For Kirbie Nichols, co-owner of Speedwell Farms in Lyndonville, the average workday starts in the barn at 3:30 in the morning, Pop-Tart in hand. It takes her an hour to get the milking units affixed to the first eight of 107 milking cows on the dairy operation she runs with her father, Brian Nichols, and family friend Herbie Bennett.
Between her daily chores of milking, breeding, calving and moving cows, the 20-year-old also finds time to create TikTok videos. Nichols is one of a few Vermont farmers to consistently post farm-related content on the short-form video app.
She began posting videos about the farm in January 2021, when she made a TikTok of herself prepping to milk the cows. The clip, set to the song “Thank a Farmer” by James Wesley, received more than 900 likes. She realized people could engage with and learn from her posts.
Her first video to go viral, “Manure Happens,” got half a million views. It was about accidentally sending milk to the milk tank from a cow being treated with antibiotics. Normally, while cows are receiving medication, their milk is thrown away. After a prescribed withholding period, their milk is safe to drink again. Nichols made the video to cope with the disappointment of having to dump the entire tank she accidentally tainted.
@farmerkirb Manure happens😬 Sponsored by Carhartt #fypシ #bartenderireallydiditthistime #fypsounds #dairyfarmer #vermontfarmlife #carhartt #vermonttiktok #fypage ♬ original sound – Tik Toker
“That’s the worst thing that could happen … to put a treated cow in the tank,” Nichols said. In a recent video, she filmed herself draining a tank of contaminated milk to show her audience what farmers do when this occurs.
Showcasing her life as a young woman in agriculture for her 6,236 TikTok followers has become a passion for Nichols. In one of her latest videos, she lists the cows she would have as bridesmaids to the song “Bridesmaids” by Kylie Morgan. Pinky, one of her favorite cows, got her through high school, she explains in the video. Barb would post her bail.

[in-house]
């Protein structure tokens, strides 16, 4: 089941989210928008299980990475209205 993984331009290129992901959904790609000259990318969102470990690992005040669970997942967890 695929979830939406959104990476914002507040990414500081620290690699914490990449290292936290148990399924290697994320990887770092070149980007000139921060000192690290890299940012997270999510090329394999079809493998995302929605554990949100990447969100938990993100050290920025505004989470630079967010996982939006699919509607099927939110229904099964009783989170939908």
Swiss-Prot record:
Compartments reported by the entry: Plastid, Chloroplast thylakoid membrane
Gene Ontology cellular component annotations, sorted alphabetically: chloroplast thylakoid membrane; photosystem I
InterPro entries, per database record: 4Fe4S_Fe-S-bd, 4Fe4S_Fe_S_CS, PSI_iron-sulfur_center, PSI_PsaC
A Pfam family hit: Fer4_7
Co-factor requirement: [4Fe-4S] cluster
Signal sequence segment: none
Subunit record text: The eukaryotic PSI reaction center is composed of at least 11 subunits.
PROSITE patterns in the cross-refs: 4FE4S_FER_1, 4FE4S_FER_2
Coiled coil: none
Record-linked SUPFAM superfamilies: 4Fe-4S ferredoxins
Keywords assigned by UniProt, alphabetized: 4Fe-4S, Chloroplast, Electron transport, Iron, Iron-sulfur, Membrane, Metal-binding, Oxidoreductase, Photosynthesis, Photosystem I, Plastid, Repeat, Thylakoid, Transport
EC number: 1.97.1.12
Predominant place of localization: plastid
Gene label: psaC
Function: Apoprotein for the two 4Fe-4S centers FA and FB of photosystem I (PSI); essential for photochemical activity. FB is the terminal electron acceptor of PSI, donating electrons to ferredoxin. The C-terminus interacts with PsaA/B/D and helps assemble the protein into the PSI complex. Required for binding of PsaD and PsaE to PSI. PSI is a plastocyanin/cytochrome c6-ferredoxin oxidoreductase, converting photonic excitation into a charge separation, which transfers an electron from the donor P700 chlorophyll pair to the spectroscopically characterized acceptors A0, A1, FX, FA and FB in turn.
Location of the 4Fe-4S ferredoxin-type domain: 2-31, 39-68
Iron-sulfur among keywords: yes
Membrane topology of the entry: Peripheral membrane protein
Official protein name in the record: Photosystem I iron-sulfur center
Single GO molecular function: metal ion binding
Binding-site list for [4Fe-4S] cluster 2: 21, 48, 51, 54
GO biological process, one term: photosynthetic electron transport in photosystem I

“She’s nuts. She’s crazy. She’s funny. And if she was a person, I’d probably party with Barb,” Nichols said of the cow, whose name is short for Barbados, one of many Speedwell cows with notable monikers. While scratching chins and getting sloppy, purple-tongued kisses, Nichols recited more: Shania Twain, Wreck-It Ralph and All Night Long.
“I like to go into the barn and actually know who I’m looking at,” Nichols said. “I can go into the barn right now and tell you exactly who she is just by the ear tag or based on her udder.”
Nichols is the second-youngest of seven siblings and the only one to work on the farm. “She just loves it,” her aunt Kathleen Nichols said. “It’s almost like getting bitten by a bug or something, and she’s got that bug.”
Several other Vermont farmers who have been bitten by the same bug share their experiences on TikTok. The most popular is Gold Shaw Farm’s Morgan Gold, who has 2.1 million followers. (See “Viral Spiral”) Others include Plymouth organic vegetable, herb and flower grower Fiddlers Green Farm (nearly 9,400 followers) and Swanton-based farm pet Nelson the Donkey (1.1 million followers). The videos of Nelson’s loud, whiny bray and conversations with his human mom often go viral.
While Nichols’ dad doesn’t mind her sharing videos about the farm on TikTok, he does have some hesitations. “Our whole family has farmed since forever,” Brian said. “And we got all these people out there trying to tell us how to do it.”
Though the TikTok videos haven’t impacted the farm directly, Nichols sometimes receives questions about farm practices, and she responds by explaining why they do what they do. She wants to incorporate more education in her videos while continuing to show how much she loves her cows. She plans to carry on the Speedwell legacy once her dad retires.
“She’s farming like an old man but doing it like a 20-year-old girl — with a TikTok,” Kathleen said.